I’m glad to have Laura here to share her darling little dog and her contemporary romance, The Millionaire Mountain Climber.
During a year of ups and downs, the very best thing about 2018 was the entry of little Beau into our lives. He’s a Pekingese we rehomed from a neighbor whose lifestyle changed. He didn’t want two-year-old Beau any more, but he didn’t want him to end up at the RSPCA either. Enter lucky us.
We haven’t had a dog for about ten years because we’d been living in an apartment. Then we moved into a townhouse with a small yard, and I started to work from home. The door opened, the universe conspired, and Beauzie came to live with us.
Initially, he was understandably nervous. Seven months later, he’s the prince of our small kingdom and has a spot in every room that he considers his own. He has completely won over my husband who had thought he was a big dog fan.
I didn’t know much about Pekes when he arrived, so naturally I had to buy a book or two to read up about them. I discovered they were royal dogs in China who made their way to England as a result of England’s defeat of China during the 19th century Opium Wars. Two were given to Queen Victoria. From there, they conquered the world.
They were selectively bred to enhance their flat faces with the wrinkle and little legs, supposedly to stop them running away. Ha. Beau can run like the wind – when he feels like it. He’s equally good at sitting tight. You’d be surprised how tough it can be to get a little dog of around fifteen pounds to move along when he’d rather stay and chat to a new doggie friend.
He is both stubborn and sweet, a picky eater who personifies the phrase ‘turn your nose up at…’ when he doesn’t wish to eat something. He plays the court jester with aplomb and loves to stretch his long back while lying down, his little forelegs scrabbling through the air and his tail and head almost touching. Naturally he requires his human minder to tickle his tummy during this process. I think he’s double jointed. I didn’t know this was a dog trait, but he loves to flop down mid-stride, one leg forward one leg folded underneath him. Oh, to be that flexible!
Pekes who are show dogs have extremely long coats. While it is cute, it is cruel during an Australian summer, like expecting a human to wear a fur coat in forty-degree heat. We keep Beauzie’s hair cropped nice and short, aside from his fluffy tail, and let it grow only in winter. A friend of mine says all homes should have a little dog, and I think she’s right. They live in the present and remind you of all that is good and joyful.
Beauzie would enjoy living in the Auberge de la Montagne in the French Alps, the setting for my contemporary romance, The Millionaire Mountain Climber, as he is very social. He would be delighted to have a stream of guests to watch come and go. One of his furry friends has not yet made his way between the pages, but this is only book 1 in the series, so watch this space!
The Millionaire Mountain Climber
A contemporary romance
When danger threatens a bona fide city girl, an adventurer is her only hope of rescue
Mountain climber Matt Hanley is a former investment manager whose lean body and rugged good looks epitomize an outdoor adrenaline junky. When his business partner in their country hotel is injured, he needs an efficient replacement in a hurry.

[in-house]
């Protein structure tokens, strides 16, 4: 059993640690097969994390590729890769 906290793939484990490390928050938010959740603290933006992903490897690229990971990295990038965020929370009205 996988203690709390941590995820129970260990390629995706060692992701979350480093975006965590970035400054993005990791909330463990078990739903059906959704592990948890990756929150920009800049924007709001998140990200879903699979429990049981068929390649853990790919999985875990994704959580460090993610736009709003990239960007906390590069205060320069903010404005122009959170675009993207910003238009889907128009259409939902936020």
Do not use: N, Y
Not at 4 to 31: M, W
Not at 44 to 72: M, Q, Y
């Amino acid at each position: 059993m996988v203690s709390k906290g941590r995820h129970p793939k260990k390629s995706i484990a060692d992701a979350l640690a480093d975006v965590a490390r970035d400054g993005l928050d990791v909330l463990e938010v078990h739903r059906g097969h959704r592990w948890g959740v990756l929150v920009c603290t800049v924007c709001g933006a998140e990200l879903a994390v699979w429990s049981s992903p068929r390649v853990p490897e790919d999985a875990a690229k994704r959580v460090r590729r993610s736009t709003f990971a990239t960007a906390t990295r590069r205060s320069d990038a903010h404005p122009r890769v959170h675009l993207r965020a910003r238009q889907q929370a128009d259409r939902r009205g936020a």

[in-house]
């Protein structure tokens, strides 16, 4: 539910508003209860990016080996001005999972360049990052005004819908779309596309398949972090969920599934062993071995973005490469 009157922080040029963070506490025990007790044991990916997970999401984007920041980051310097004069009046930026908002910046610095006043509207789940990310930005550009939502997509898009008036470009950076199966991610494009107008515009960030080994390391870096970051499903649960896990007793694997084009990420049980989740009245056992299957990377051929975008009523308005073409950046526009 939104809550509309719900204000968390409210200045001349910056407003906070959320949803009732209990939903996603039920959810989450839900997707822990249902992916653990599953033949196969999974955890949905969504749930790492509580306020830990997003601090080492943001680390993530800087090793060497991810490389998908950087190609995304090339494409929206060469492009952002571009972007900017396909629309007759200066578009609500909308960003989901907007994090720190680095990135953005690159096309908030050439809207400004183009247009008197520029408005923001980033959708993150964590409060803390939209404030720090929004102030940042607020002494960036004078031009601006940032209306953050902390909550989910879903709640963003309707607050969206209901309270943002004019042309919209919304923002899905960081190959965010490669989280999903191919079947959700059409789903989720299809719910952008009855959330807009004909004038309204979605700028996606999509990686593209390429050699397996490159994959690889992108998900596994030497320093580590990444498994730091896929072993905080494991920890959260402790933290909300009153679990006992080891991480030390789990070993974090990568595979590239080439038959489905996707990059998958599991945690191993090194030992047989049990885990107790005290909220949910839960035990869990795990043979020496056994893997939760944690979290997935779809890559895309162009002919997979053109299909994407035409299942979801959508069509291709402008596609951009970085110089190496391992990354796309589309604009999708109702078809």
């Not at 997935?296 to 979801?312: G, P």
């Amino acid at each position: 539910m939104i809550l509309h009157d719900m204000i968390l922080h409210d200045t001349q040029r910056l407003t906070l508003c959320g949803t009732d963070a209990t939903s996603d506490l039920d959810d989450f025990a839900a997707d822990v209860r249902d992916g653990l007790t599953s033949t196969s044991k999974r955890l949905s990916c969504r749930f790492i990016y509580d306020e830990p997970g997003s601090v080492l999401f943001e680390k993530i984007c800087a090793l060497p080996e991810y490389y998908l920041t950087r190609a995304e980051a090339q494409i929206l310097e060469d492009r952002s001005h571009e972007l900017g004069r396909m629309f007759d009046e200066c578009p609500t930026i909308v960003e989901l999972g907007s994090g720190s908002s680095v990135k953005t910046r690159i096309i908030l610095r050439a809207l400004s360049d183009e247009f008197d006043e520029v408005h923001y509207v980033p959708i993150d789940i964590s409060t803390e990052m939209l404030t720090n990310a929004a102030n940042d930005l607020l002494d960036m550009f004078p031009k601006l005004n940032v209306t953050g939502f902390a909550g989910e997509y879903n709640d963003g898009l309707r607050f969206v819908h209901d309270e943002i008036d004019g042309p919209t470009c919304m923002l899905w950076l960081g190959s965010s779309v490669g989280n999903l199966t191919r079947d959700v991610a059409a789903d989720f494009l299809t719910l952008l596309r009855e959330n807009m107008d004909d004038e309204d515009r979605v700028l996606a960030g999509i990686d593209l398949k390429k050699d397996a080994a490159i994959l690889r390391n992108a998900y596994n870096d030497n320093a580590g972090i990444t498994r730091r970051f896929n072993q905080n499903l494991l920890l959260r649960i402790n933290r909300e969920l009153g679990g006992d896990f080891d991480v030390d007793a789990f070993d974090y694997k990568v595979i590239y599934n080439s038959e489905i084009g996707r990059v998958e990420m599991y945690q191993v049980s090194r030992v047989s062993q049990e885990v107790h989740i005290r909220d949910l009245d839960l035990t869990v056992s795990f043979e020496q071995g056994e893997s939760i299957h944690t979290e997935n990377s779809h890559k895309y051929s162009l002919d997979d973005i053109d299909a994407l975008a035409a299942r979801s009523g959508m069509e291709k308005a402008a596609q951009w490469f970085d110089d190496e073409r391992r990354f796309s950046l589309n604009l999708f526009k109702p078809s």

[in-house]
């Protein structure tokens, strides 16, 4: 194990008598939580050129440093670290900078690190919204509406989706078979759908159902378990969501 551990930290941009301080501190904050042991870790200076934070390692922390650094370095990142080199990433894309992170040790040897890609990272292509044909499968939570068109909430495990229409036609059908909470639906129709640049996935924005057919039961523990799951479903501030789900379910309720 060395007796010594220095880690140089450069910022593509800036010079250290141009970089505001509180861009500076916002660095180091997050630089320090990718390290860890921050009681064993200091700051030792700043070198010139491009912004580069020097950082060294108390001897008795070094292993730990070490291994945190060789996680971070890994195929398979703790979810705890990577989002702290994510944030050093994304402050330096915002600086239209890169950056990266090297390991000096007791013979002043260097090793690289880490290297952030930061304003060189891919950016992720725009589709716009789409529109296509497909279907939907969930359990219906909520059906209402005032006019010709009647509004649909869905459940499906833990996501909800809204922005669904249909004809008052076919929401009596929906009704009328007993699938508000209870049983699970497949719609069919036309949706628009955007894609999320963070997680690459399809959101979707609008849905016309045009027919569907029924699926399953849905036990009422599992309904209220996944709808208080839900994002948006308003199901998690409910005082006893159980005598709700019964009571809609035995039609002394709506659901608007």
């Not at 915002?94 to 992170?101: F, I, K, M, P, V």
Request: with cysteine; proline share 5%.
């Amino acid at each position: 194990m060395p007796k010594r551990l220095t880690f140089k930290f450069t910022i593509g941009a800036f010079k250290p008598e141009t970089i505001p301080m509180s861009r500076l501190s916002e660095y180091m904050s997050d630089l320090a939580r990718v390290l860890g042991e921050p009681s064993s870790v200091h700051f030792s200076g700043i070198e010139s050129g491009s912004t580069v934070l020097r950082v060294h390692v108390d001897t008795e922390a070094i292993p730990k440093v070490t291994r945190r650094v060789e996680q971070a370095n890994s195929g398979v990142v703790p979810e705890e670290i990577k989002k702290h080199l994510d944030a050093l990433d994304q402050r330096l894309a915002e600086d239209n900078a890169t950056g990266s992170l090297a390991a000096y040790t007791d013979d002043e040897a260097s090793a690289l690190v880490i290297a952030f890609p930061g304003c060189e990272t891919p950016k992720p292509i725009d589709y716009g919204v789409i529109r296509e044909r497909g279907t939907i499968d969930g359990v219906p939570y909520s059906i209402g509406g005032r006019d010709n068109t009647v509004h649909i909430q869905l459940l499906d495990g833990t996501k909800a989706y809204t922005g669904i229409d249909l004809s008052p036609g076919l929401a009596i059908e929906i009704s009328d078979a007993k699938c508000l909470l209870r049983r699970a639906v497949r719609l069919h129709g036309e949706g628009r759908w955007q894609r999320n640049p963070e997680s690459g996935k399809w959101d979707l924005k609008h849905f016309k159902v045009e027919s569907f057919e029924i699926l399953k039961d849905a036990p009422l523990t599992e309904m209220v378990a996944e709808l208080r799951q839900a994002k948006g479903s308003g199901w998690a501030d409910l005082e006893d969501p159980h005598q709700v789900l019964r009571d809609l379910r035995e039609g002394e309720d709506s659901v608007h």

Hailey Gordon lives a chic city life free of adventures and daredevils. She craves stability and security but loses her job and boyfriend on the same day. A winter holiday job in France is the perfect escape from her troubles.
Sparks ignite when Matt and Hailey meet, but she resolves to ignore the flame flickering between them. Aside from the fact Matt is her boss, she is convinced he is not her type. Matt is determined to teach Hailey to look beyond appearances. He needs to show her how good they are together, even if he must risk life and limb to do so.
“Beautiful, isn’t it?” said Matt. “Trending down the valley, you have the villages of Argentiere and Les Praz and the town of Chamonix. Behind Chamonix you can see the Grand Mama of all the peaks, Mont Blanc.”
“Yes, the pens––and the chocolates.” She shook her head. What hubris to name a pen after the magnificent towering peak, but what marketing genius.
Matt grinned. “Ah, you know the chocolates, do you? We’ll have to buy you some.”
“From the lips to the hips,” she murmured, “and I am sure they don’t do the mountain justice.”
“Come on, let’s get you inside before your face turns blue, and I earn a reprimand from Genie for chatting up scantily-clad women in sub-zero temperatures.”
“Really? You were chatting me up? I’m flattered.”
The smile turned wicked. “You’re welcome.” As he bent to pick up her suitcase, he dropped his head next to hers and murmured into her ear in a low, deep voice, sending shivers down her spine. “For the record, Hailey, your curves are perfect. A little chocolate won’t do them any harm.”
She blushed, and the fire of his words flickered all the way through her belly. When was the last time her ex had paid her a compliment? An appalling thought crossed her mind; she, the High Priestess of Order and Long-Term Planning, was ripe for the picking and contemplating a holiday romance.
Laura Boon stole her first romance from her father’s bookshelves as a teenager, The Flame and the Flower by Kathleen Woodiwiss, and was immediately captivated. After holding a variety of positions in publishing, from bookseller to sales rep and publicist, she eventually found the courage to write her own stories. She was born in Zambia, grew up in South Africa, and went to university in America. She now lives in Australia with her husband and Beau. When she is not reading or writing, she enjoys sleuthing for artisan chocolate and beautiful stationery, watching tennis, and walking alongside Sydney’s beautiful harbor.
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